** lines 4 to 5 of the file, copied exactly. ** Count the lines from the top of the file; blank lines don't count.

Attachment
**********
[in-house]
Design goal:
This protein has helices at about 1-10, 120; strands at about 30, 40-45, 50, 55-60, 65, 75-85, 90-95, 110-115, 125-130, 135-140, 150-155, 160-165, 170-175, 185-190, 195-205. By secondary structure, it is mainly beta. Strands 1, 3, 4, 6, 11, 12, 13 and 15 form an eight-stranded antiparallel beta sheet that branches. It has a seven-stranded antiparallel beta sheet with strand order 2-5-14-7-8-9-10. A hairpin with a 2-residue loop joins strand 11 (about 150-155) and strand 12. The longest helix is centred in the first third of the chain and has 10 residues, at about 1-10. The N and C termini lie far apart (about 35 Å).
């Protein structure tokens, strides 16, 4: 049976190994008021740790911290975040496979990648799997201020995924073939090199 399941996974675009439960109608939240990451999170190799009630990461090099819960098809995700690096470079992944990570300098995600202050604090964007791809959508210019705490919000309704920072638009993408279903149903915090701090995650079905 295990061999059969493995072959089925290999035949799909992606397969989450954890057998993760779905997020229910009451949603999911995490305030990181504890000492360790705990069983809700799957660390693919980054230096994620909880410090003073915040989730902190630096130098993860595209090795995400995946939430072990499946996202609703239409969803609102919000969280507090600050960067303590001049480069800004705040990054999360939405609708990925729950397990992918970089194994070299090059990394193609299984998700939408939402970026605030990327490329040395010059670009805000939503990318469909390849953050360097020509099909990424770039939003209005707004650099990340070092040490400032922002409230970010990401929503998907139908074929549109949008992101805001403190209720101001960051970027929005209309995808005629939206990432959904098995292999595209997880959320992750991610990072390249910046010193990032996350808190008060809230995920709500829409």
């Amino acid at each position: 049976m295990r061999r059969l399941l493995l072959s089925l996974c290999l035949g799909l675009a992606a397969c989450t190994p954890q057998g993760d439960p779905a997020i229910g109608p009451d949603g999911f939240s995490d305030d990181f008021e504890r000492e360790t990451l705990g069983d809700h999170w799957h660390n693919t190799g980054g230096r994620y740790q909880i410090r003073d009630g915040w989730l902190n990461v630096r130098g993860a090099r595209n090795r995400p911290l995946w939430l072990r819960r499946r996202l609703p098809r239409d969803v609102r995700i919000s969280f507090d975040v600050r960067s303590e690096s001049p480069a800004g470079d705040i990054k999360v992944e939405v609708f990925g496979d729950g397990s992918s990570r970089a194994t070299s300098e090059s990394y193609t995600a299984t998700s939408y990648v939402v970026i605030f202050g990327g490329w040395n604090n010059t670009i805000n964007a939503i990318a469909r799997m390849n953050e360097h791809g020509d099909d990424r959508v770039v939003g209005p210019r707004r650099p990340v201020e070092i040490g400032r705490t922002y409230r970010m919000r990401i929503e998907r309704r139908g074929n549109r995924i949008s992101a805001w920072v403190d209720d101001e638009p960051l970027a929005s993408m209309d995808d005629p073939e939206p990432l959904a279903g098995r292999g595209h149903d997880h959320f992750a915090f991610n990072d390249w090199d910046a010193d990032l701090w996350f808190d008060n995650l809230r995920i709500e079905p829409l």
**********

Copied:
């Protein structure tokens, strides 16, 4: 049976190994008021740790911290975040496979990648799997201020995924073939090199 399941996974675009439960109608939240990451999170190799009630990461090099819960098809995700690096470079992944990570300098995600202050604090964007791809959508210019705490919000309704920072638009993408279903149903915090701090995650079905 295990061999059969493995072959089925290999035949799909992606397969989450954890057998993760779905997020229910009451949603999911995490305030990181504890000492360790705990069983809700799957660390693919980054230096994620909880410090003073915040989730902190630096130098993860595209090795995400995946939430072990499946996202609703239409969803609102919000969280507090600050960067303590001049480069800004705040990054999360939405609708990925729950397990992918970089194994070299090059990394193609299984998700939408939402970026605030990327490329040395010059670009805000939503990318469909390849953050360097020509099909990424770039939003209005707004650099990340070092040490400032922002409230970010990401929503998907139908074929549109949008992101805001403190209720101001960051970027929005209309995808005629939206990432959904098995292999595209997880959320992750991610990072390249910046010193990032996350808190008060809230995920709500829409």
């Amino acid at each position: 049976m295990r061999r059969l399941l493995l072959s089925l996974c290999l035949g799909l675009a992606a397969c989450t190994p954890q057998g993760d439960p779905a997020i229910g109608p009451d949603g999911f939240s995490d305030d990181f008021e504890r000492e360790t990451l705990g069983d809700h999170w799957h660390n693919t190799g980054g230096r994620y740790q909880i410090r003073d009630g915040w989730l902190n990461v630096r130098g993860a090099r595209n090795r995400p911290l995946w939430l072990r819960r499946r996202l609703p098809r239409d969803v609102r995700i919000s969280f507090d975040v600050r960067s303590e690096s001049p480069a800004g470079d705040i990054k999360v992944e939405v609708f990925g496979d729950g397990s992918s990570r970089a194994t070299s300098e090059s990394y193609t995600a299984t998700s939408y990648v939402v970026i605030f202050g990327g490329w040395n604090n010059t670009i805000n964007a939503i990318a469909r799997m390849n953050e360097h791809g020509d099909d990424r959508v770039v939003g209005p210019r707004r650099p990340v201020e070092i040490g400032r705490t922002y409230r970010m919000r990401i929503e998907r309704r139908g074929n549109r995924i949008s992101a805001w920072v403190d209720d101001e638009p960051l970027a929005s993408m209309d995808d005629p073939e939206p990432l959904a279903g098995r292999g595209h149903d997880h959320f992750a915090f991610n990072d390249w090199d910046a010193d990032l701090w996350f808190d008060n995650l809230r995920i709500e079905p829409l």